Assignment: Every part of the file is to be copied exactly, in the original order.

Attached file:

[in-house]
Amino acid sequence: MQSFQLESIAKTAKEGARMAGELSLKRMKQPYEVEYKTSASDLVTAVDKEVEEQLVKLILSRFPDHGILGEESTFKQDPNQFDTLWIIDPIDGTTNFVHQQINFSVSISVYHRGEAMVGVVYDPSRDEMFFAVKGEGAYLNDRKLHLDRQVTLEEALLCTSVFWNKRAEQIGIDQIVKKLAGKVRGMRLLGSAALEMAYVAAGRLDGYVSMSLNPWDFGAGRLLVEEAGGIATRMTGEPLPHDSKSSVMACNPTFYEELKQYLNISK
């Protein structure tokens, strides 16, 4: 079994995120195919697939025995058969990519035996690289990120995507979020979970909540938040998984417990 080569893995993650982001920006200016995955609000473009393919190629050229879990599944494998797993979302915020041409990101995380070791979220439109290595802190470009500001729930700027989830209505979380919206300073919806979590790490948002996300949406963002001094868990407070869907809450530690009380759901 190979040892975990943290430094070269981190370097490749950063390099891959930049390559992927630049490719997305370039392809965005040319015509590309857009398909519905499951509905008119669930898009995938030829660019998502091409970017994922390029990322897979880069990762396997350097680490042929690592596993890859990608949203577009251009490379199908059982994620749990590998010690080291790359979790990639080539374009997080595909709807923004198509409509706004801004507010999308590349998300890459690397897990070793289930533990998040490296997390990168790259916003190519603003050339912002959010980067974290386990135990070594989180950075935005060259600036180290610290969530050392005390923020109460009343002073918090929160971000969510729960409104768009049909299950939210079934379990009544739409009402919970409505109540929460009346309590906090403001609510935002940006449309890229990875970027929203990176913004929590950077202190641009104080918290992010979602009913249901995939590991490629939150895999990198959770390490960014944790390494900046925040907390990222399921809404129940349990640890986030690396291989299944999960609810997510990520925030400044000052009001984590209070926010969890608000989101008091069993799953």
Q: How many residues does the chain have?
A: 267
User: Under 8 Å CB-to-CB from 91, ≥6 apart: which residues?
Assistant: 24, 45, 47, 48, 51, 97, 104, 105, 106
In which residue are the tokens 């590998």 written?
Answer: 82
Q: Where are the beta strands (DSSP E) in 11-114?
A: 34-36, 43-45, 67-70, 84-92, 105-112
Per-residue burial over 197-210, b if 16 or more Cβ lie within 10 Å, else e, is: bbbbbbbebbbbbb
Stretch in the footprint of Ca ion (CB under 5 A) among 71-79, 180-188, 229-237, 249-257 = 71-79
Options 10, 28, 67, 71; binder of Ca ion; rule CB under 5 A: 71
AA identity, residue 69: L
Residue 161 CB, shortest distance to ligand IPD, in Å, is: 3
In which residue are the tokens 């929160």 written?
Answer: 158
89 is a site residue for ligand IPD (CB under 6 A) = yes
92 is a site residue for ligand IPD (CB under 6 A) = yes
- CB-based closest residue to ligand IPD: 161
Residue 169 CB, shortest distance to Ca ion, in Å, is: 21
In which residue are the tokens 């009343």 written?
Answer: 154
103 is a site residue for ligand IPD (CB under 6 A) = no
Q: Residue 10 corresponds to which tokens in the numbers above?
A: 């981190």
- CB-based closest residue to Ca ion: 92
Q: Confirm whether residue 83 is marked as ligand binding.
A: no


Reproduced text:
[in-house]
Amino acid sequence: MQSFQLESIAKTAKEGARMAGELSLKRMKQPYEVEYKTSASDLVTAVDKEVEEQLVKLILSRFPDHGILGEESTFKQDPNQFDTLWIIDPIDGTTNFVHQQINFSVSISVYHRGEAMVGVVYDPSRDEMFFAVKGEGAYLNDRKLHLDRQVTLEEALLCTSVFWNKRAEQIGIDQIVKKLAGKVRGMRLLGSAALEMAYVAAGRLDGYVSMSLNPWDFGAGRLLVEEAGGIATRMTGEPLPHDSKSSVMACNPTFYEELKQYLNISK
């Protein structure tokens, strides 16, 4: 079994995120195919697939025995058969990519035996690289990120995507979020979970909540938040998984417990 080569893995993650982001920006200016995955609000473009393919190629050229879990599944494998797993979302915020041409990101995380070791979220439109290595802190470009500001729930700027989830209505979380919206300073919806979590790490948002996300949406963002001094868990407070869907809450530690009380759901 190979040892975990943290430094070269981190370097490749950063390099891959930049390559992927630049490719997305370039392809965005040319015509590309857009398909519905499951509905008119669930898009995938030829660019998502091409970017994922390029990322897979880069990762396997350097680490042929690592596993890859990608949203577009251009490379199908059982994620749990590998010690080291790359979790990639080539374009997080595909709807923004198509409509706004801004507010999308590349998300890459690397897990070793289930533990998040490296997390990168790259916003190519603003050339912002959010980067974290386990135990070594989180950075935005060259600036180290610290969530050392005390923020109460009343002073918090929160971000969510729960409104768009049909299950939210079934379990009544739409009402919970409505109540929460009346309590906090403001609510935002940006449309890229990875970027929203990176913004929590950077202190641009104080918290992010979602009913249901995939590991490629939150895999990198959770390490960014944790390494900046925040907390990222399921809404129940349990640890986030690396291989299944999960609810997510990520925030400044000052009001984590209070926010969890608000989101008091069993799953």
Q: How many residues does the chain have?
A: 267
User: Under 8 Å CB-to-CB from 91, ≥6 apart: which residues?
Assistant: 24, 45, 47, 48, 51, 97, 104, 105, 106
In which residue are the tokens 């590998």 written?
Answer: 82
Q: Where are the beta strands (DSSP E) in 11-114?
A: 34-36, 43-45, 67-70, 84-92, 105-112
Per-residue burial over 197-210, b if 16 or more Cβ lie within 10 Å, else e, is: bbbbbbbebbbbbb
Stretch in the footprint of Ca ion (CB under 5 A) among 71-79, 180-188, 229-237, 249-257 = 71-79
Options 10, 28, 67, 71; binder of Ca ion; rule CB under 5 A: 71
AA identity, residue 69: L
Residue 161 CB, shortest distance to ligand IPD, in Å, is: 3
In which residue are the tokens 């929160």 written?
Answer: 158
89 is a site residue for ligand IPD (CB under 6 A) = yes
92 is a site residue for ligand IPD (CB under 6 A) = yes
- CB-based closest residue to ligand IPD: 161
Residue 169 CB, shortest distance to Ca ion, in Å, is: 21
In which residue are the tokens 């009343």 written?
Answer: 154
103 is a site residue for ligand IPD (CB under 6 A) = no
Q: Residue 10 corresponds to which tokens in the numbers above?
A: 């981190």
- CB-based closest residue to Ca ion: 92
Q: Confirm whether residue 83 is marked as ligand binding.
A: no